Former NFL quarterback Colin Kaepernick receives the Amnesty International Ambassador of Conscience Award for 2018 in Amsterdam Saturday. Kaepernick became a controversial figure when he refused to stand for the national anthem, and instead knelt to protest racial inequality and police brutality.
Amnesty International has given Colin Kaepernick its top human rights award for his public opposition to racial injustice. The former San Franciso 49ers quarterback is Amnesty’s 2018 Ambassador of Conscience
Teri Schultz reports for our Newscast unit that the “take a knee” campaign that won Kaepernick honor likely cost him his job:
Accepting the award in Amsterdam, the capital of the Netherlands, Kaepernick said he shares it “with all of the countless people throughout the world combating the human rights violations of police officers.”
“Kaepernick launched a massive controversy in 2016 for kneeling while the national anthem was played to protest police brutality. When other players joined him, President Trump called on team owners to fire them.
“San Francisco released Kaepernick and he hasn’t been signed by any other team.
“Amnesty International Secretary General Salil Shetty says the “vitriol” Kaepernick’s peaceful protest evoked from people in power makes his “commitment all the more remarkable.”
The Associated Press reports:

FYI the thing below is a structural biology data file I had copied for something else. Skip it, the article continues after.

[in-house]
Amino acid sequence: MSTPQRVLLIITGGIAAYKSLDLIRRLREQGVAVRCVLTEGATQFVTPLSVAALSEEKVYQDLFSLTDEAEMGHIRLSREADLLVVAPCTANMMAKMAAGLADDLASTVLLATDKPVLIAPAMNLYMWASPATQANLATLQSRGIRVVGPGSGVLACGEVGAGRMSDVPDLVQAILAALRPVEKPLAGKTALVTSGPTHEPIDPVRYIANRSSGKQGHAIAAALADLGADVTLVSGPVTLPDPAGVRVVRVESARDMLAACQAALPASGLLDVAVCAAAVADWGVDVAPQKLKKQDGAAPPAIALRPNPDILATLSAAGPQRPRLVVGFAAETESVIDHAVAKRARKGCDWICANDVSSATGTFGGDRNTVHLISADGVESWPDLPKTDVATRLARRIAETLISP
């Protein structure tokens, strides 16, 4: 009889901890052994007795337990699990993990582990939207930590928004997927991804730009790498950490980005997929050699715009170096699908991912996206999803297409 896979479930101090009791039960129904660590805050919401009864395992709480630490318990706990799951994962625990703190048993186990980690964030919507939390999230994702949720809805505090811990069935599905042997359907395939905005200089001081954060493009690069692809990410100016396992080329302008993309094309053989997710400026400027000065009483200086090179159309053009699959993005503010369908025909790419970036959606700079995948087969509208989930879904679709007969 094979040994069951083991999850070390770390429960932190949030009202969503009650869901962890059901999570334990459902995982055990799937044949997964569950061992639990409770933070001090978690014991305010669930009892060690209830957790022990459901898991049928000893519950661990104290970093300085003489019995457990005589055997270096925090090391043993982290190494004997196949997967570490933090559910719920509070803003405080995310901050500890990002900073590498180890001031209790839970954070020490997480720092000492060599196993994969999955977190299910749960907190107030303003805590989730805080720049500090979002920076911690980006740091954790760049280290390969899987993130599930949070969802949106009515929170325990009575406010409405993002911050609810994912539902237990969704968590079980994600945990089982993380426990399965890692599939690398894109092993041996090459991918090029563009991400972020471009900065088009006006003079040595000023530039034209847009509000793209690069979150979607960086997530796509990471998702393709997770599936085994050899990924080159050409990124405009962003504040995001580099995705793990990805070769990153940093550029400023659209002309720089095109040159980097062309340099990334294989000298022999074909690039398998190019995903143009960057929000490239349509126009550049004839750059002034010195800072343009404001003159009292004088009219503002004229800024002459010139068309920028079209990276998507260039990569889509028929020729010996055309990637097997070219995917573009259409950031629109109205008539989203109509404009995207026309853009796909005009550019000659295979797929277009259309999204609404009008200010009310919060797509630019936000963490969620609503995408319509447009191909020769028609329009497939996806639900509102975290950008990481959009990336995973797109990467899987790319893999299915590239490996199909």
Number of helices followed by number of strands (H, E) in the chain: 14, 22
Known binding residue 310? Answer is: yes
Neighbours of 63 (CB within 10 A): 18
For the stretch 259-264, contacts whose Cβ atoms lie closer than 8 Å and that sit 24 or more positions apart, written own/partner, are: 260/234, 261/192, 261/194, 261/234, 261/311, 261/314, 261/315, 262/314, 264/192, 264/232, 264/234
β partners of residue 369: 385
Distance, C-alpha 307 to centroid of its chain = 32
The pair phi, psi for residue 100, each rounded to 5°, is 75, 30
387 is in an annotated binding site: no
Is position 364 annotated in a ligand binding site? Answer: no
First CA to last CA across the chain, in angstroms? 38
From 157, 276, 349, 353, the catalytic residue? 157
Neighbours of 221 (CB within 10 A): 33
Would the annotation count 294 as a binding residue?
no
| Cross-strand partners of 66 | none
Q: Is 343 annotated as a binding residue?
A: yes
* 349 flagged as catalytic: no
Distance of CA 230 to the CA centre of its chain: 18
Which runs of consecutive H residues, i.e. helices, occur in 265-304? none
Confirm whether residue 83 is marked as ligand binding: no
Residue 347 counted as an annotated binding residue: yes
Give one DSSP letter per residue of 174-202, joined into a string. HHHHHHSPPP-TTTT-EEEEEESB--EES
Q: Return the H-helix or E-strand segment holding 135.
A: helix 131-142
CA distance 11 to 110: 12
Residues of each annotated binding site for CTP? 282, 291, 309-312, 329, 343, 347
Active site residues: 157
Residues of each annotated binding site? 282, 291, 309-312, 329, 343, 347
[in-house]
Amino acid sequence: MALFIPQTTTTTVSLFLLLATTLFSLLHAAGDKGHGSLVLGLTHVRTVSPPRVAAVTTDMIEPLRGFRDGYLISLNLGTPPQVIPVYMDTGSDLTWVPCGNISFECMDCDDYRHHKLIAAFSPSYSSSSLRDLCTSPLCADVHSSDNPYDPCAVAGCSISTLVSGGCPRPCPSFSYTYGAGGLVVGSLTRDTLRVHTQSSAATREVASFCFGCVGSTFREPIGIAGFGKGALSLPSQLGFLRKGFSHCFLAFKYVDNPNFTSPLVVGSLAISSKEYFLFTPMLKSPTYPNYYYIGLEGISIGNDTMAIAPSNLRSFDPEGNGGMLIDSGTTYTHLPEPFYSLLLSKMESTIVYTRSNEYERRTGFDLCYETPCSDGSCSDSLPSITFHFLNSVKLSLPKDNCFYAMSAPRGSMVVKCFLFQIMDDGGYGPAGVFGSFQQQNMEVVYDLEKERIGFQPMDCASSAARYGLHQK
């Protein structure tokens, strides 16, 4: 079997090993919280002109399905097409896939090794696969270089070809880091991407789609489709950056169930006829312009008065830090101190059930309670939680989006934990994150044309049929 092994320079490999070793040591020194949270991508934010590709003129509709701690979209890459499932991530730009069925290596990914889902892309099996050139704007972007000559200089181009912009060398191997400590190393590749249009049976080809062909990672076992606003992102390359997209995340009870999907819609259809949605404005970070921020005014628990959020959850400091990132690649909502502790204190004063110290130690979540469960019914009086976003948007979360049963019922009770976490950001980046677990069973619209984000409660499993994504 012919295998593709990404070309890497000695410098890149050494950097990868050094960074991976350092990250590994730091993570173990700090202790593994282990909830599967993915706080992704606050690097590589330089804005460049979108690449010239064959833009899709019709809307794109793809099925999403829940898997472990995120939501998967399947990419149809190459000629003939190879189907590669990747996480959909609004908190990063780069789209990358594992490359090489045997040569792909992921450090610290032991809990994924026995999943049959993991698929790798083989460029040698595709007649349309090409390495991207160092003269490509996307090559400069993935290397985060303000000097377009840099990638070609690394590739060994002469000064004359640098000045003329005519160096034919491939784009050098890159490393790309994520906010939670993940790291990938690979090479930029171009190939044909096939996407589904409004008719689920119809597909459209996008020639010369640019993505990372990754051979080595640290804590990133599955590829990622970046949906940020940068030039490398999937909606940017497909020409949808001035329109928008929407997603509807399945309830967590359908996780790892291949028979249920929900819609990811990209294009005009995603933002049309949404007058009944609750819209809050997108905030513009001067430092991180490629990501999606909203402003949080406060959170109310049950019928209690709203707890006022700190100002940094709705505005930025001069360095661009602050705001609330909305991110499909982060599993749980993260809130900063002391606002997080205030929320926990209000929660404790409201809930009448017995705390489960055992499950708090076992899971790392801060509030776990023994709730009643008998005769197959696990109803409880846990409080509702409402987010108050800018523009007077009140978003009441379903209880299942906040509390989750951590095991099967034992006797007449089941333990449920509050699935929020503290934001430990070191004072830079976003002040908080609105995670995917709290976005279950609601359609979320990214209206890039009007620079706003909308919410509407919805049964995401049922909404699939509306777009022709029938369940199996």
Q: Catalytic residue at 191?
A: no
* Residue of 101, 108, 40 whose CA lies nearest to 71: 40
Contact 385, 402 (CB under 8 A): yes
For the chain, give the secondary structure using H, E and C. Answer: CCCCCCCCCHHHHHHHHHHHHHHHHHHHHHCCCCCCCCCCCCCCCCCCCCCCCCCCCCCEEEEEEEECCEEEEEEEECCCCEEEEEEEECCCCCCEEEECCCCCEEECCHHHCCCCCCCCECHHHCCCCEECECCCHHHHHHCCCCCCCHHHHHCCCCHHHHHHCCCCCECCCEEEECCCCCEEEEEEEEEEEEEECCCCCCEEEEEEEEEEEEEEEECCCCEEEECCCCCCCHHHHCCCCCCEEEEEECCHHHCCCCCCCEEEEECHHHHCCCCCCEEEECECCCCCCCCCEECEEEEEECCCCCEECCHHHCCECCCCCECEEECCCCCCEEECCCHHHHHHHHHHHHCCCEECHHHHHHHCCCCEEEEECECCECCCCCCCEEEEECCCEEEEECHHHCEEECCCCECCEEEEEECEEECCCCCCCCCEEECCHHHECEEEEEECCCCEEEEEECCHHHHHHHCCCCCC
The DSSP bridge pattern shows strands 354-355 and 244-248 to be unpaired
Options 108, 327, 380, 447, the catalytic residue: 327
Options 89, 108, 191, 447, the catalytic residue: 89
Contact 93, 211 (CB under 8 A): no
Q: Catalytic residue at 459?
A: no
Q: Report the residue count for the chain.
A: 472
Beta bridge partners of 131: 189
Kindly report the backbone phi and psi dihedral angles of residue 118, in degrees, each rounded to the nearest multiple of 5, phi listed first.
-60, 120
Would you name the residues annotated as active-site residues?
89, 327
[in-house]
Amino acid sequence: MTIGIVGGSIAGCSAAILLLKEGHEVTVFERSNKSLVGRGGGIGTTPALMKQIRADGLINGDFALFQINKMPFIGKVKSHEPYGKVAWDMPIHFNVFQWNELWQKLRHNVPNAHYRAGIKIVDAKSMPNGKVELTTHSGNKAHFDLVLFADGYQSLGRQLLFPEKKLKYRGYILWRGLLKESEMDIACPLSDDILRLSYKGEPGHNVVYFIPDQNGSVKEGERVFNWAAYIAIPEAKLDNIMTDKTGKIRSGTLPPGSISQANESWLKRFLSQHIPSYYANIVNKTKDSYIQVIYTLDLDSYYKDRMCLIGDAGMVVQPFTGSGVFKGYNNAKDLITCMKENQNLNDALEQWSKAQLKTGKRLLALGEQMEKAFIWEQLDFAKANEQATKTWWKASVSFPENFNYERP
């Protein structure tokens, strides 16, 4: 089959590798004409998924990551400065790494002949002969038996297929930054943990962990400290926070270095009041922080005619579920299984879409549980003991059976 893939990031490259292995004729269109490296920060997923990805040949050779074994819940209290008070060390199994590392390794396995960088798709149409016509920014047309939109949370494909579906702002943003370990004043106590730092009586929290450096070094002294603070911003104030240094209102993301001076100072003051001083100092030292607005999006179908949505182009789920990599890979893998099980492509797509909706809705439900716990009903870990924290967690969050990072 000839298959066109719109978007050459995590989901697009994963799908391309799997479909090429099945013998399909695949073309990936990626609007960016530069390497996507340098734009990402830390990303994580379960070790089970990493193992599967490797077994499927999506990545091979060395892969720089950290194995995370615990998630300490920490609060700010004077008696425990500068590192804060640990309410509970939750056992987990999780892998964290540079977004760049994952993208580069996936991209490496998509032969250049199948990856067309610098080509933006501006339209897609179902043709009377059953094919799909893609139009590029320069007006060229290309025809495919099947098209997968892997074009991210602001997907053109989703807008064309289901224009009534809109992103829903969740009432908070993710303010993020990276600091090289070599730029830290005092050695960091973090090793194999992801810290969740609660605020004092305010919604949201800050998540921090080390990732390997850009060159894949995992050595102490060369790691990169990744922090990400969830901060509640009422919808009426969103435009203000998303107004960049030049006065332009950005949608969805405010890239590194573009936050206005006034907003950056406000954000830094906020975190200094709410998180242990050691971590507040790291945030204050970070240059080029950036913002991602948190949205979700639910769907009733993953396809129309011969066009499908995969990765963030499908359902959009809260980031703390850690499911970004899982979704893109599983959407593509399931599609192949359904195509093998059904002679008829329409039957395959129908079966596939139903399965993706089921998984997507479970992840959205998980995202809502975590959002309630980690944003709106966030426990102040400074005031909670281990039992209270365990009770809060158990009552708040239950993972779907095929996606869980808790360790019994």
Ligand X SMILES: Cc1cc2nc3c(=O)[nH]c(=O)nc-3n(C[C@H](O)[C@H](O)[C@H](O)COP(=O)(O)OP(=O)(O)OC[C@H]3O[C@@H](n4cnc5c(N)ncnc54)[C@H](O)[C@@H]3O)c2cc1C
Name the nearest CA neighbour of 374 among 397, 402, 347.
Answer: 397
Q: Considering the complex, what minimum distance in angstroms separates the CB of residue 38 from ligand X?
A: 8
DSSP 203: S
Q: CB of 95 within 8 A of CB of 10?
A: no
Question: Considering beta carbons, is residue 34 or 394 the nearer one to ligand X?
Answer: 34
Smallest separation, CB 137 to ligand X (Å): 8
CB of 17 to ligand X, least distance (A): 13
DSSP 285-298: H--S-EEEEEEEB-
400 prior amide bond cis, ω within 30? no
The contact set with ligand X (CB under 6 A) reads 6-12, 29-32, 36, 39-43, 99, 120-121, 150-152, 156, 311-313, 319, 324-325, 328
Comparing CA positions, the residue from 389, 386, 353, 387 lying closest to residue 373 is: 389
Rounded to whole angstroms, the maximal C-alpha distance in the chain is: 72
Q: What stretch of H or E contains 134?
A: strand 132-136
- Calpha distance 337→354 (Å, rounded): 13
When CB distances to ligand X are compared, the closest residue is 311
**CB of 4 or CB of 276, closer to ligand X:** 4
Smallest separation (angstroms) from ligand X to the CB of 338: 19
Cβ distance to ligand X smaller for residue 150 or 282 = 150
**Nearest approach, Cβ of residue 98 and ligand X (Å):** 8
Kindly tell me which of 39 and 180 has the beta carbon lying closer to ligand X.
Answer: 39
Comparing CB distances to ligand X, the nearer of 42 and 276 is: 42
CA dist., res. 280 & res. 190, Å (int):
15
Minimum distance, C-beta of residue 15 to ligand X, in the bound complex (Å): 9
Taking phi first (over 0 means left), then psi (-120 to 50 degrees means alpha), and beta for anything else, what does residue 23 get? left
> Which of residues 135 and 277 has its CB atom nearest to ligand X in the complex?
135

“In Kaepernick’s acceptance speech, the award-winner described police killings of African-Americans and Latinos in the United States as lawful lynchings.
“Racialized oppression and dehumanization is woven into the very fabric of our nation — the effects of which can be seen in the lawful lynching of black and brown people by the police, and the mass incarceration of black and brown lives in the prison industrial complex,” Kaepernick said.
“How can you stand for the national anthem of a nation that preaches and propagates, ‘freedom and justice for all,’ that is so unjust to so many of the people living there?” he said at Saturday’s award ceremony.”
Previous award recipients include anti-Apartheid campaigner and South African President Nelson Mandela and Malala Yousafzai, the Pakistani schoolgirl who campaigned for girls’ right to education even after surviving being shot by Taliban militants.Share